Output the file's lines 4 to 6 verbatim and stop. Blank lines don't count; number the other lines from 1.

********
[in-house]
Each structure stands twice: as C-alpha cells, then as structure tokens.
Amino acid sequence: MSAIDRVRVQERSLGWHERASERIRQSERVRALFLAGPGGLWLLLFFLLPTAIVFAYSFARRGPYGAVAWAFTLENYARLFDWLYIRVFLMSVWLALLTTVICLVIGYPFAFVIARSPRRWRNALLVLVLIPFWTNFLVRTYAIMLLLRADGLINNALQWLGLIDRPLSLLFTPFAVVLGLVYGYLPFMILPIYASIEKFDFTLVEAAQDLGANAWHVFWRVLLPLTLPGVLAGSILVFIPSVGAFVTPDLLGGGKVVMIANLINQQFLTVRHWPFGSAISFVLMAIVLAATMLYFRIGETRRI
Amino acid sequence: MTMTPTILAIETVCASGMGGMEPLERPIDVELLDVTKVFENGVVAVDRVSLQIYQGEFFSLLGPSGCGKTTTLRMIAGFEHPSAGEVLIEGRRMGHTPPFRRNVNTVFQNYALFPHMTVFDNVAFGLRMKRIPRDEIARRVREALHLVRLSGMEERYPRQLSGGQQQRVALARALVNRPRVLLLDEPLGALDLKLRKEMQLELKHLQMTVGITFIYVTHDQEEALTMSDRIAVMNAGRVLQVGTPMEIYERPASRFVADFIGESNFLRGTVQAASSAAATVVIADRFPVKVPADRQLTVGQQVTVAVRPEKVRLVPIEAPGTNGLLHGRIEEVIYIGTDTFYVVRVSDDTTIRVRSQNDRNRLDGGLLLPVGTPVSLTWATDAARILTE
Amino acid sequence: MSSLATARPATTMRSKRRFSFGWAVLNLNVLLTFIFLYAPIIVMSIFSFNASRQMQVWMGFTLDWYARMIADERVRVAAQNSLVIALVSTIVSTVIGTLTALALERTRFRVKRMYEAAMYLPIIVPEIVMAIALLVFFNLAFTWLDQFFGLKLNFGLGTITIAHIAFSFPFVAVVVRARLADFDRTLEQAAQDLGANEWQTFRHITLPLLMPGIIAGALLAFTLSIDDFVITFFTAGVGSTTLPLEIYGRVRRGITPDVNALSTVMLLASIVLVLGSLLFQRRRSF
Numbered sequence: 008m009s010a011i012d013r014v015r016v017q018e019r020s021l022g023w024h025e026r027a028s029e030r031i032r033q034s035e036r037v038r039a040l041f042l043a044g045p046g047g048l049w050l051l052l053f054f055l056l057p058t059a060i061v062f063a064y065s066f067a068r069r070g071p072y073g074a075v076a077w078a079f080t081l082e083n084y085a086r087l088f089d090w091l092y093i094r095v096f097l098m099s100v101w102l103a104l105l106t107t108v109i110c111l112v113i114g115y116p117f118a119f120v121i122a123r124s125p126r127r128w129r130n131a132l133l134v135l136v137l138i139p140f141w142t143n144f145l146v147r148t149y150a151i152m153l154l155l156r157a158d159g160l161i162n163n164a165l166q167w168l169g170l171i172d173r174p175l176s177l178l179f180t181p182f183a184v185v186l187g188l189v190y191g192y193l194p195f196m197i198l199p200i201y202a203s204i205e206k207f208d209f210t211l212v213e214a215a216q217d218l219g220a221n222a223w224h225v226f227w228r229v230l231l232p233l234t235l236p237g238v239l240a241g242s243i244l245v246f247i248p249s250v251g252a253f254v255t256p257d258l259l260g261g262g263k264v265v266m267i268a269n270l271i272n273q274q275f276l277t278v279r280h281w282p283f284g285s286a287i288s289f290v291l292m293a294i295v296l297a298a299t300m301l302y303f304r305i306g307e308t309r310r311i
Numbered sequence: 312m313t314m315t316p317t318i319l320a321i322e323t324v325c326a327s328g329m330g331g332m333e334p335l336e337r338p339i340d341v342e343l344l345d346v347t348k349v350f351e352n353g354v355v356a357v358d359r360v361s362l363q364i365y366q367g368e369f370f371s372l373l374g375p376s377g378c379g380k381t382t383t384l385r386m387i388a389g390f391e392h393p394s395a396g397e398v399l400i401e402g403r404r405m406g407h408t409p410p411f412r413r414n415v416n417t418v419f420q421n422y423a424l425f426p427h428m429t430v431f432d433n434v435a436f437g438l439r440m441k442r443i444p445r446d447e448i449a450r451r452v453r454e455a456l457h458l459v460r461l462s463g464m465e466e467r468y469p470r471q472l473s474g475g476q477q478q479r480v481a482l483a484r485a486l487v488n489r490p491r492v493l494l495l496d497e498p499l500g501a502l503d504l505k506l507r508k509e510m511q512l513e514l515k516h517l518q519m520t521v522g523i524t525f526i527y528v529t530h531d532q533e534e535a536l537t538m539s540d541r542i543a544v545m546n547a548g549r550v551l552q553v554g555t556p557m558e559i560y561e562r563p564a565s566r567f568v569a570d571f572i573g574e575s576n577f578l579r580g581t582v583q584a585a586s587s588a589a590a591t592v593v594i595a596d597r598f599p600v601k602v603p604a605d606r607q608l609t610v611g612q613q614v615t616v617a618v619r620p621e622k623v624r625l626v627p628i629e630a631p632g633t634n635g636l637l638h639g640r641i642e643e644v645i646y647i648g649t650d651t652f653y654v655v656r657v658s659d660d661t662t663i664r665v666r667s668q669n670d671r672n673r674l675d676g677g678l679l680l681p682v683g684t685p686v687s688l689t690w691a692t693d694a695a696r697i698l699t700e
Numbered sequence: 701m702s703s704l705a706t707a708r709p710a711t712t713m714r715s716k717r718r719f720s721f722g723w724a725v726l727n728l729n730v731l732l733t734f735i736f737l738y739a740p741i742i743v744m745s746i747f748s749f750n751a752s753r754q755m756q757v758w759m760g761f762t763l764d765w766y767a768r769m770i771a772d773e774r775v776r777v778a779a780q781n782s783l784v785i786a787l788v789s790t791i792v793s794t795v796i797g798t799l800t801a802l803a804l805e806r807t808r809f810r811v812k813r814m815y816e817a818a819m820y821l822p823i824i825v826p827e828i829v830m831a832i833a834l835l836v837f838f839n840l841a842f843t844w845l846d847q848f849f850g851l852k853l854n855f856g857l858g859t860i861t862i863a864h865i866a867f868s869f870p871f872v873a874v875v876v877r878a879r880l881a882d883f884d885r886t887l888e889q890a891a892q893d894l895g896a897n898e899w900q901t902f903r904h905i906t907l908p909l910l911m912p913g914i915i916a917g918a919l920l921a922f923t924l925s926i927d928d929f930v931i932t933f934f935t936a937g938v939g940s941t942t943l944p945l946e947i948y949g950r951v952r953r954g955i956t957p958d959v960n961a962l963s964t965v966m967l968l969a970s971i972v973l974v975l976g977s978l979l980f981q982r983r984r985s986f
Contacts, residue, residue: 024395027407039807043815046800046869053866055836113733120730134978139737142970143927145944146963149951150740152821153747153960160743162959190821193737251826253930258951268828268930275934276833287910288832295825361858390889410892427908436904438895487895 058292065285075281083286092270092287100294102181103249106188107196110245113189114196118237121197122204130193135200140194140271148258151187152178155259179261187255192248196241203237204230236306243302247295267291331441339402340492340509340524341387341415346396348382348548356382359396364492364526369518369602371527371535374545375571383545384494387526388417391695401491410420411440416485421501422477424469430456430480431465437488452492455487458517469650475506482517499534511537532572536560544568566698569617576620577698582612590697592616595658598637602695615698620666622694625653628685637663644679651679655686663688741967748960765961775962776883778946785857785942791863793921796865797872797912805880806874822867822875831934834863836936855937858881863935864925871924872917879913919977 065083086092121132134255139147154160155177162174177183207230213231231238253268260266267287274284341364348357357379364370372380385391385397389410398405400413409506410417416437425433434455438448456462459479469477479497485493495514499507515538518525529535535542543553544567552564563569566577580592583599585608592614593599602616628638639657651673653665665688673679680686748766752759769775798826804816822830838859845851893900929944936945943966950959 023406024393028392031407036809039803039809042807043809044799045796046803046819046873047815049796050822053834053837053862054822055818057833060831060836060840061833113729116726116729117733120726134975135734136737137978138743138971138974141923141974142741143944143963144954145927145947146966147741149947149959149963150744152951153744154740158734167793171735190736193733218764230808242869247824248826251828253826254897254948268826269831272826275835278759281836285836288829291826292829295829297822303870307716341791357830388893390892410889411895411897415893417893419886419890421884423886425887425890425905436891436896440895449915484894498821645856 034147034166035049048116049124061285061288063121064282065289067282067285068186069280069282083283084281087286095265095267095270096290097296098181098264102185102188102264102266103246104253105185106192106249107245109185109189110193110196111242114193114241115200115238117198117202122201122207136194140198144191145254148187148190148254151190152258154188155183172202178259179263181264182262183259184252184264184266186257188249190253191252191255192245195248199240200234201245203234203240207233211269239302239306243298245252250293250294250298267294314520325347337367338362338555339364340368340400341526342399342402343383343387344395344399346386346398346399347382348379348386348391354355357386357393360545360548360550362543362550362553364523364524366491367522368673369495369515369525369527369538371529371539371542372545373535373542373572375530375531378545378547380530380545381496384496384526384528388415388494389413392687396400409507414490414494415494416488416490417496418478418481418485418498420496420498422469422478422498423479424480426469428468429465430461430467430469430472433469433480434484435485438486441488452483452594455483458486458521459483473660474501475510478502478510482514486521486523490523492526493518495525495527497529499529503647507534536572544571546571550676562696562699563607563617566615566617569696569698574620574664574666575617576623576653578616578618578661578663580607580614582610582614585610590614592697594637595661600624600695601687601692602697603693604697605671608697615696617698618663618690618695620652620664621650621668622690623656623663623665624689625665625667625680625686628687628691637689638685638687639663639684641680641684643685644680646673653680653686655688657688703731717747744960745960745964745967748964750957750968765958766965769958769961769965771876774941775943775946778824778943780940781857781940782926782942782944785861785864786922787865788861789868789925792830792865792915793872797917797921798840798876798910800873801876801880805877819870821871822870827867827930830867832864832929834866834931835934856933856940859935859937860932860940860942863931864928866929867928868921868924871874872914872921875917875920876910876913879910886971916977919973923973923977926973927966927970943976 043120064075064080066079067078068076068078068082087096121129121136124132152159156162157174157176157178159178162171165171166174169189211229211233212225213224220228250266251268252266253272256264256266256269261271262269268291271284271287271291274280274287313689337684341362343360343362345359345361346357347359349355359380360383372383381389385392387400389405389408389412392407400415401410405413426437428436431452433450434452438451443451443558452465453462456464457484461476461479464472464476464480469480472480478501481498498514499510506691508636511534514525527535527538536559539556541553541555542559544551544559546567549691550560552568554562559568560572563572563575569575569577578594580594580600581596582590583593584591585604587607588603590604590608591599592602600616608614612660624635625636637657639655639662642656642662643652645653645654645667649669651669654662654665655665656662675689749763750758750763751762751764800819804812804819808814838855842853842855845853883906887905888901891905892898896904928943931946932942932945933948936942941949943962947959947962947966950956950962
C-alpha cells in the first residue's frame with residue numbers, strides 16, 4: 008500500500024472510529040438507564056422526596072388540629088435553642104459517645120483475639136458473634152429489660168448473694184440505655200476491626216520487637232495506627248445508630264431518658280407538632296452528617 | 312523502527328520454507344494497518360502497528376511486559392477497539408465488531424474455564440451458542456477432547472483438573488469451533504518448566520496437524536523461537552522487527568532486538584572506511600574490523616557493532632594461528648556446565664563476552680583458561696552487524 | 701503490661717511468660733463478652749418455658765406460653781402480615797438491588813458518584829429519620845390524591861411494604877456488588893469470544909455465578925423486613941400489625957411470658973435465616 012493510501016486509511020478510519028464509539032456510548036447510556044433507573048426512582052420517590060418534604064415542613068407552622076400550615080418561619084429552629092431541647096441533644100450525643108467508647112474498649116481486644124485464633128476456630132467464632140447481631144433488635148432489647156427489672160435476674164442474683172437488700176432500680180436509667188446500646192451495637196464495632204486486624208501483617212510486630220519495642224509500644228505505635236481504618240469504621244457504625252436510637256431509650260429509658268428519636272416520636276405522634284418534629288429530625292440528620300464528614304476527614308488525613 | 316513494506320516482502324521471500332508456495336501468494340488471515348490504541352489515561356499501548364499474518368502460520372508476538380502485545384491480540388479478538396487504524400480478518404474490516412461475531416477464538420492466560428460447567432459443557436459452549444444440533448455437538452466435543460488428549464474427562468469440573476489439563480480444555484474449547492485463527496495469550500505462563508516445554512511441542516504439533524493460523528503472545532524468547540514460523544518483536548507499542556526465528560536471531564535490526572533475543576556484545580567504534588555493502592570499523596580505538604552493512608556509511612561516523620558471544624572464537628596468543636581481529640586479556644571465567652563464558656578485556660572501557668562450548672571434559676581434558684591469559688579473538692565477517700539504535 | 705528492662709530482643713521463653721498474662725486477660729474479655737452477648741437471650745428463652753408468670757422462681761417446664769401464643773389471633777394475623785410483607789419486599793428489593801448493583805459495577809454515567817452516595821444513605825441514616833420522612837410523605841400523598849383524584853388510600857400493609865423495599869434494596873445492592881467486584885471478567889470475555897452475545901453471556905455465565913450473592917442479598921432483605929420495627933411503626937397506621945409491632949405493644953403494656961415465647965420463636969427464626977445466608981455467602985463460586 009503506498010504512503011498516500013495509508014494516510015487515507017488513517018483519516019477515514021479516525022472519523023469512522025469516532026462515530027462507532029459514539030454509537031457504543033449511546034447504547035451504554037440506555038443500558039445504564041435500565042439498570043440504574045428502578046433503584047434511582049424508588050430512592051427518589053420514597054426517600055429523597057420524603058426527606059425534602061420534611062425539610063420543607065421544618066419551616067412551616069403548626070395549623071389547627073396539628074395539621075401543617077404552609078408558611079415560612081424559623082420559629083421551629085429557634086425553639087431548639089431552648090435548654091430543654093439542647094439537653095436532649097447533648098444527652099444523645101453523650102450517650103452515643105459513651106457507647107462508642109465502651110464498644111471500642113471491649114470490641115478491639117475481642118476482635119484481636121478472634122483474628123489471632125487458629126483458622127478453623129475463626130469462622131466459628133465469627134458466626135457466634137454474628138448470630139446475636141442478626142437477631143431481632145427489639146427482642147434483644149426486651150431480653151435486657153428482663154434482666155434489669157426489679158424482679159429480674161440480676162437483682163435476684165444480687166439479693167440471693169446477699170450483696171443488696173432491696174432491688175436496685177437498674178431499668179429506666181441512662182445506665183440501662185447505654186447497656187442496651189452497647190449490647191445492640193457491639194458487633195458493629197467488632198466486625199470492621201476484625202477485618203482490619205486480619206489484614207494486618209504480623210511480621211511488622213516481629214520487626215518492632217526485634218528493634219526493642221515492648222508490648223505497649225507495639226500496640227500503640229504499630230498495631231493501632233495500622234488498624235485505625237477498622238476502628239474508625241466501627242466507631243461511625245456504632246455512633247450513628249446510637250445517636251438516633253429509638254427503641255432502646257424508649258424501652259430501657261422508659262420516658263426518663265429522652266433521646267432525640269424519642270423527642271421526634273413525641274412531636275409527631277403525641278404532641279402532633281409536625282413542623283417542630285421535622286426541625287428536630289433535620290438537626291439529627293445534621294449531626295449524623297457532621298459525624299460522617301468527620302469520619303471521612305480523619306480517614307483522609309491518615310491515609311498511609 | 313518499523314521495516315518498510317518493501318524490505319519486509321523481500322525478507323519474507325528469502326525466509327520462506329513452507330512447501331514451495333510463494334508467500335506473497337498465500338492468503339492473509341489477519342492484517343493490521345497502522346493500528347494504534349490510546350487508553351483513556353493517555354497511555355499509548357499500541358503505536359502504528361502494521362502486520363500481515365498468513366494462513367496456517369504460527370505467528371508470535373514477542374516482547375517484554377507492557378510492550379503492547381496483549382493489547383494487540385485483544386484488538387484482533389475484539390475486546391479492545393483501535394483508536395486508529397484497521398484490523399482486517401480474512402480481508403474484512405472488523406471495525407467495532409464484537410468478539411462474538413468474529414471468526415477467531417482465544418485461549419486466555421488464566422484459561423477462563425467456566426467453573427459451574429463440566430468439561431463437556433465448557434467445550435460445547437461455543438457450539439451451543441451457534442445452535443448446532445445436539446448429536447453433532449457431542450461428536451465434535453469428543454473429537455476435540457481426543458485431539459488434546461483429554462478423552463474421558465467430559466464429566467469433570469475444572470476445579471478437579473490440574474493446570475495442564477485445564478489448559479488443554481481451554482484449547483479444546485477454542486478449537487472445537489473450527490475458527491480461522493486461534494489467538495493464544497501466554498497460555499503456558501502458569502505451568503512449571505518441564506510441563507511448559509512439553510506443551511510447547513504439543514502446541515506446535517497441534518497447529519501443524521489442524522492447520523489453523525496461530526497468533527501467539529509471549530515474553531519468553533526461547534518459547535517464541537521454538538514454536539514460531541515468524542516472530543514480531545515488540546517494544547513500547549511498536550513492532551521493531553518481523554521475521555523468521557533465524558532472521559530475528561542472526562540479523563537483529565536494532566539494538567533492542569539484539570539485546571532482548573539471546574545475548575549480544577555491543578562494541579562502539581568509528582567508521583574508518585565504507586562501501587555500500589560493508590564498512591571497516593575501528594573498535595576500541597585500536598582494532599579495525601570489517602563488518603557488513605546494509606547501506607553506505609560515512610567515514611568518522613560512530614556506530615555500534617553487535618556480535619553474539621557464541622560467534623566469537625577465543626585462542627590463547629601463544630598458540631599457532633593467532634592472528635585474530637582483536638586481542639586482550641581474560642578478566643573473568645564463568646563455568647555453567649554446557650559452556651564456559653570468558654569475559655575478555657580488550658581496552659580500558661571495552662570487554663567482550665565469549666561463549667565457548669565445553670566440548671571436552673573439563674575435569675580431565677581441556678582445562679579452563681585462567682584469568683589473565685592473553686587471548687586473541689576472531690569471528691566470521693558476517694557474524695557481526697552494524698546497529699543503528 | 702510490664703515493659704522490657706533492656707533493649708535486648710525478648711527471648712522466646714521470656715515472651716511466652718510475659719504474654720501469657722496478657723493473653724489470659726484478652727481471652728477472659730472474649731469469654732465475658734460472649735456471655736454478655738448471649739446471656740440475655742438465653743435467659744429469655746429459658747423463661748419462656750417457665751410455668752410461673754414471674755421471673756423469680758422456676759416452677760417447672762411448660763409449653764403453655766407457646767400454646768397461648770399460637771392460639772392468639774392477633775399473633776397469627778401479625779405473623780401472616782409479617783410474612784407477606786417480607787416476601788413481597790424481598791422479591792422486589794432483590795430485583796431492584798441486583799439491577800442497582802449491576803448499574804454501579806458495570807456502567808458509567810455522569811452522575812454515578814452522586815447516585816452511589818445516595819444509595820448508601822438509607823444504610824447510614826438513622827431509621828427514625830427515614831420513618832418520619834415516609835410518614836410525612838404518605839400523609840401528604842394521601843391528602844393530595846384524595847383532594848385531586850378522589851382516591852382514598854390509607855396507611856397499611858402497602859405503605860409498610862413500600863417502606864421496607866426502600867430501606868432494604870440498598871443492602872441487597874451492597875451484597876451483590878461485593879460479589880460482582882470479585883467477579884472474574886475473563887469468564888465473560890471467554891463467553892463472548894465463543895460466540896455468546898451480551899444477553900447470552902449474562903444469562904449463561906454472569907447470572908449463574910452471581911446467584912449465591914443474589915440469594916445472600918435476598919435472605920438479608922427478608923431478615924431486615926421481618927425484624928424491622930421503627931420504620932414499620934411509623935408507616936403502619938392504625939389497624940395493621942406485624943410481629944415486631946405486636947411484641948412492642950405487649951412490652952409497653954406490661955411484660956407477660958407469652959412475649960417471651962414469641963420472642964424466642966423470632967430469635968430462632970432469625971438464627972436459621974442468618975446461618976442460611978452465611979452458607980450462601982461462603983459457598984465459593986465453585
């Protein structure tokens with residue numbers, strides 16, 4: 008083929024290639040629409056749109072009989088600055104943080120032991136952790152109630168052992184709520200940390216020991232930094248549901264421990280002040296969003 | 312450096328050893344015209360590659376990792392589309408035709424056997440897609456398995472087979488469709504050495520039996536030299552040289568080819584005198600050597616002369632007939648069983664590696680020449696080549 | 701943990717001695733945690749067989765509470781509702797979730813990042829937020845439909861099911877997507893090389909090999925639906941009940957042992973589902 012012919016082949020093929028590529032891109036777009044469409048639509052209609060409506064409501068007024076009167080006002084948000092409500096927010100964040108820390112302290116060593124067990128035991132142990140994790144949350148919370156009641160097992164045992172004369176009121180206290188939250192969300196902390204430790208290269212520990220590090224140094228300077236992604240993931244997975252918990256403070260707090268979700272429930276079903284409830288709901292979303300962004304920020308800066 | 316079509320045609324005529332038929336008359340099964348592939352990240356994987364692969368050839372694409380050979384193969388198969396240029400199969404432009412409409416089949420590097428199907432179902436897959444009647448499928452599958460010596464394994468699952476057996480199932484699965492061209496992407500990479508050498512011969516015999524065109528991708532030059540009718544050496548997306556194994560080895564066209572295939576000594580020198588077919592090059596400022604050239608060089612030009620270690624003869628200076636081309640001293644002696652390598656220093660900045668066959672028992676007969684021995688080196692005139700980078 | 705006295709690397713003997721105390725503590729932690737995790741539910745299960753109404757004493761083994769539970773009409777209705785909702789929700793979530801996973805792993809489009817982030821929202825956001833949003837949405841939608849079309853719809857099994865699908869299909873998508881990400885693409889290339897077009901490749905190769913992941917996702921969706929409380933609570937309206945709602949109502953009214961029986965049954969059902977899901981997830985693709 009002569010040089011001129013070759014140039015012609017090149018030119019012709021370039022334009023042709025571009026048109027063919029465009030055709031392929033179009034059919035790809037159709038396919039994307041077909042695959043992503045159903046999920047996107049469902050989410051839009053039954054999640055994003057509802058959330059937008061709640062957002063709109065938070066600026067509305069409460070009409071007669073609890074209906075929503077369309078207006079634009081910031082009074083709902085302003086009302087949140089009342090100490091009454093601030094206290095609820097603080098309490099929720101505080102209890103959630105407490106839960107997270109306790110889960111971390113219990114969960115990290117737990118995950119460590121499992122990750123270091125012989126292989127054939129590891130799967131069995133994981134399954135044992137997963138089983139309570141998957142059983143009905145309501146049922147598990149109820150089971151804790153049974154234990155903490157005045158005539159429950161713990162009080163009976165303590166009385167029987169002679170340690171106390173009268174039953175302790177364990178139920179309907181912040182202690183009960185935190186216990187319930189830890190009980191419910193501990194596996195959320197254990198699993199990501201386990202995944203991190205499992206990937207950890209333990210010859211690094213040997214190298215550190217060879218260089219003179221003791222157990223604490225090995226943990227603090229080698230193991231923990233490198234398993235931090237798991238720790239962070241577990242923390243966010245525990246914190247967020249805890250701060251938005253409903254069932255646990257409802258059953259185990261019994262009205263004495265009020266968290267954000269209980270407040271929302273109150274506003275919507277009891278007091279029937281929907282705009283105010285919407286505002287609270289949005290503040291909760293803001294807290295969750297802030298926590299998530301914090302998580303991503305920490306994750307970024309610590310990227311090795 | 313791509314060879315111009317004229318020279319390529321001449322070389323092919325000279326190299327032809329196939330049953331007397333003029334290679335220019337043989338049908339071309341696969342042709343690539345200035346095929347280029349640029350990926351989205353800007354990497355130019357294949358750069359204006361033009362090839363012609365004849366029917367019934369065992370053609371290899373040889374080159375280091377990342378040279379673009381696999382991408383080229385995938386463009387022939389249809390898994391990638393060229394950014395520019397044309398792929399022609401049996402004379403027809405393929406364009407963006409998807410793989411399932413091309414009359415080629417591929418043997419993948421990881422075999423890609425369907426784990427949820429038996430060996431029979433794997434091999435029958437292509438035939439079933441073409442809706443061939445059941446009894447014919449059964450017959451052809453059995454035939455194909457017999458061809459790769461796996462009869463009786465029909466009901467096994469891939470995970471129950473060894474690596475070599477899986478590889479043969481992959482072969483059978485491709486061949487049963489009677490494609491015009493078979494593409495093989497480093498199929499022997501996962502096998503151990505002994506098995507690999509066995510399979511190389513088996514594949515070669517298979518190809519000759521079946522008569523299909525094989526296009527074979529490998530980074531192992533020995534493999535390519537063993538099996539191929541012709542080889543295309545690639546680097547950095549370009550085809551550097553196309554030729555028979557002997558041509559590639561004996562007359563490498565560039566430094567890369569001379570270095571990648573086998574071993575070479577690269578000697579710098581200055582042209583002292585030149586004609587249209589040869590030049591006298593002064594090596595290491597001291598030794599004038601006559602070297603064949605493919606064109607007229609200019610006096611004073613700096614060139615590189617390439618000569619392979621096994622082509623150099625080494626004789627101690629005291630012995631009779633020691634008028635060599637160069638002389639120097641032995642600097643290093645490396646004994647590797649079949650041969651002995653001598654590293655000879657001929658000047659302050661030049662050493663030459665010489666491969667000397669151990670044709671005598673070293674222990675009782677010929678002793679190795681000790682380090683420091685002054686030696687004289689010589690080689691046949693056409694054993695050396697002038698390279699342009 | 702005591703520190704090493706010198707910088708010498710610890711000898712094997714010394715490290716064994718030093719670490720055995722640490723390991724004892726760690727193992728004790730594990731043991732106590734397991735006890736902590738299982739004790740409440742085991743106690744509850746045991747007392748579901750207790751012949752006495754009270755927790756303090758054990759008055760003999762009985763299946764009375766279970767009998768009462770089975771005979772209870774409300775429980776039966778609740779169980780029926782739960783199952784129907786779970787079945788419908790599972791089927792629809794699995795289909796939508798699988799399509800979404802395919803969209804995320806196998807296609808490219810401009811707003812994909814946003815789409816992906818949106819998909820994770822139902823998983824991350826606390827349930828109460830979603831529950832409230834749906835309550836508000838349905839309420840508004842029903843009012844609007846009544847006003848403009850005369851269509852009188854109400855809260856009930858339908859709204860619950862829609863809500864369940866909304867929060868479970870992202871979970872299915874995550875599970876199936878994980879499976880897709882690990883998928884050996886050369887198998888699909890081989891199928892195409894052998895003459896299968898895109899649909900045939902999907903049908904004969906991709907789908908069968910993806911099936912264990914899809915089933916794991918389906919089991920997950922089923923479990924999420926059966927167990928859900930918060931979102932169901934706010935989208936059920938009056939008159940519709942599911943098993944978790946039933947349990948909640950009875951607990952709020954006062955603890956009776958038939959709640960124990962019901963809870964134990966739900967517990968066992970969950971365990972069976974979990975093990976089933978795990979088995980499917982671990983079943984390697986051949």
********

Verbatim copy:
Amino acid sequence: MTMTPTILAIETVCASGMGGMEPLERPIDVELLDVTKVFENGVVAVDRVSLQIYQGEFFSLLGPSGCGKTTTLRMIAGFEHPSAGEVLIEGRRMGHTPPFRRNVNTVFQNYALFPHMTVFDNVAFGLRMKRIPRDEIARRVREALHLVRLSGMEERYPRQLSGGQQQRVALARALVNRPRVLLLDEPLGALDLKLRKEMQLELKHLQMTVGITFIYVTHDQEEALTMSDRIAVMNAGRVLQVGTPMEIYERPASRFVADFIGESNFLRGTVQAASSAAATVVIADRFPVKVPADRQLTVGQQVTVAVRPEKVRLVPIEAPGTNGLLHGRIEEVIYIGTDTFYVVRVSDDTTIRVRSQNDRNRLDGGLLLPVGTPVSLTWATDAARILTE
Amino acid sequence: MSSLATARPATTMRSKRRFSFGWAVLNLNVLLTFIFLYAPIIVMSIFSFNASRQMQVWMGFTLDWYARMIADERVRVAAQNSLVIALVSTIVSTVIGTLTALALERTRFRVKRMYEAAMYLPIIVPEIVMAIALLVFFNLAFTWLDQFFGLKLNFGLGTITIAHIAFSFPFVAVVVRARLADFDRTLEQAAQDLGANEWQTFRHITLPLLMPGIIAGALLAFTLSIDDFVITFFTAGVGSTTLPLEIYGRVRRGITPDVNALSTVMLLASIVLVLGSLLFQRRRSF
Numbered sequence: 008m009s010a011i012d013r014v015r016v017q018e019r020s021l022g023w024h025e026r027a028s029e030r031i032r033q034s035e036r037v038r039a040l041f042l043a044g045p046g047g048l049w050l051l052l053f054f055l056l057p058t059a060i061v062f063a064y065s066f067a068r069r070g071p072y073g074a075v076a077w078a079f080t081l082e083n084y085a086r087l088f089d090w091l092y093i094r095v096f097l098m099s100v101w102l103a104l105l106t107t108v109i110c111l112v113i114g115y116p117f118a119f120v121i122a123r124s125p126r127r128w129r130n131a132l133l134v135l136v137l138i139p140f141w142t143n144f145l146v147r148t149y150a151i152m153l154l155l156r157a158d159g160l161i162n163n164a165l166q167w168l169g170l171i172d173r174p175l176s177l178l179f180t181p182f183a184v185v186l187g188l189v190y191g192y193l194p195f196m197i198l199p200i201y202a203s204i205e206k207f208d209f210t211l212v213e214a215a216q217d218l219g220a221n222a223w224h225v226f227w228r229v230l231l232p233l234t235l236p237g238v239l240a241g242s243i244l245v246f247i248p249s250v251g252a253f254v255t256p257d258l259l260g261g262g263k264v265v266m267i268a269n270l271i272n273q274q275f276l277t278v279r280h281w282p283f284g285s286a287i288s289f290v291l292m293a294i295v296l297a298a299t300m301l302y303f304r305i306g307e308t309r310r311i